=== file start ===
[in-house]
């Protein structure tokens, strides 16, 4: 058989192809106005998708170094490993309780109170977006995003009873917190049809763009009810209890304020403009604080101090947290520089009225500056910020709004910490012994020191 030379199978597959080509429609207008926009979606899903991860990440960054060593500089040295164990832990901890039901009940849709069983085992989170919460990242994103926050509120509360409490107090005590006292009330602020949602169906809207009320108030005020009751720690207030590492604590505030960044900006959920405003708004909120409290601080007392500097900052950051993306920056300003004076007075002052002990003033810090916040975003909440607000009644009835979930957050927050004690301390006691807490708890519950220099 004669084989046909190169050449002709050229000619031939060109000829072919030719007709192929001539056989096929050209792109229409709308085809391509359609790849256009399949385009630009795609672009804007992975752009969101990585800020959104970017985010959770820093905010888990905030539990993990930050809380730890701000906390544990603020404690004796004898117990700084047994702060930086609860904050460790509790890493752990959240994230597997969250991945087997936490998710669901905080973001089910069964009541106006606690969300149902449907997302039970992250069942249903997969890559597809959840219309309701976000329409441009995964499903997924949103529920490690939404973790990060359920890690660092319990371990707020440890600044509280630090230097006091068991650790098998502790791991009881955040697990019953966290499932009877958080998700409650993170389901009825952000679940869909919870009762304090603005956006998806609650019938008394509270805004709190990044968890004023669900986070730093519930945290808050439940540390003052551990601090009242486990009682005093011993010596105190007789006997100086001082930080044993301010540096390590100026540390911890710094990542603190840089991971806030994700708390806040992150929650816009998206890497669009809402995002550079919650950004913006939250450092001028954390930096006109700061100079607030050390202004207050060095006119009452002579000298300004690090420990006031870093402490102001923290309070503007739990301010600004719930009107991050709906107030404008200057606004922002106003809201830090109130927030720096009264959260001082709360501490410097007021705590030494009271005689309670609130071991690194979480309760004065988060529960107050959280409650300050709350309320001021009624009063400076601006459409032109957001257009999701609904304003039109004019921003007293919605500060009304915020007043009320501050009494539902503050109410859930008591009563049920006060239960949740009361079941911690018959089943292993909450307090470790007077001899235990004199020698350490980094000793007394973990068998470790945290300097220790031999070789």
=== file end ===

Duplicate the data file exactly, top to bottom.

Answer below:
[in-house]
């Protein structure tokens, strides 16, 4: 058989192809106005998708170094490993309780109170977006995003009873917190049809763009009810209890304020403009604080101090947290520089009225500056910020709004910490012994020191 030379199978597959080509429609207008926009979606899903991860990440960054060593500089040295164990832990901890039901009940849709069983085992989170919460990242994103926050509120509360409490107090005590006292009330602020949602169906809207009320108030005020009751720690207030590492604590505030960044900006959920405003708004909120409290601080007392500097900052950051993306920056300003004076007075002052002990003033810090916040975003909440607000009644009835979930957050927050004690301390006691807490708890519950220099 004669084989046909190169050449002709050229000619031939060109000829072919030719007709192929001539056989096929050209792109229409709308085809391509359609790849256009399949385009630009795609672009804007992975752009969101990585800020959104970017985010959770820093905010888990905030539990993990930050809380730890701000906390544990603020404690004796004898117990700084047994702060930086609860904050460790509790890493752990959240994230597997969250991945087997936490998710669901905080973001089910069964009541106006606690969300149902449907997302039970992250069942249903997969890559597809959840219309309701976000329409441009995964499903997924949103529920490690939404973790990060359920890690660092319990371990707020440890600044509280630090230097006091068991650790098998502790791991009881955040697990019953966290499932009877958080998700409650993170389901009825952000679940869909919870009762304090603005956006998806609650019938008394509270805004709190990044968890004023669900986070730093519930945290808050439940540390003052551990601090009242486990009682005093011993010596105190007789006997100086001082930080044993301010540096390590100026540390911890710094990542603190840089991971806030994700708390806040992150929650816009998206890497669009809402995002550079919650950004913006939250450092001028954390930096006109700061100079607030050390202004207050060095006119009452002579000298300004690090420990006031870093402490102001923290309070503007739990301010600004719930009107991050709906107030404008200057606004922002106003809201830090109130927030720096009264959260001082709360501490410097007021705590030494009271005689309670609130071991690194979480309760004065988060529960107050959280409650300050709350309320001021009624009063400076601006459409032109957001257009999701609904304003039109004019921003007293919605500060009304915020007043009320501050009494539902503050109410859930008591009563049920006060239960949740009361079941911690018959089943292993909450307090470790007077001899235990004199020698350490980094000793007394973990068998470790945290300097220790031999070789």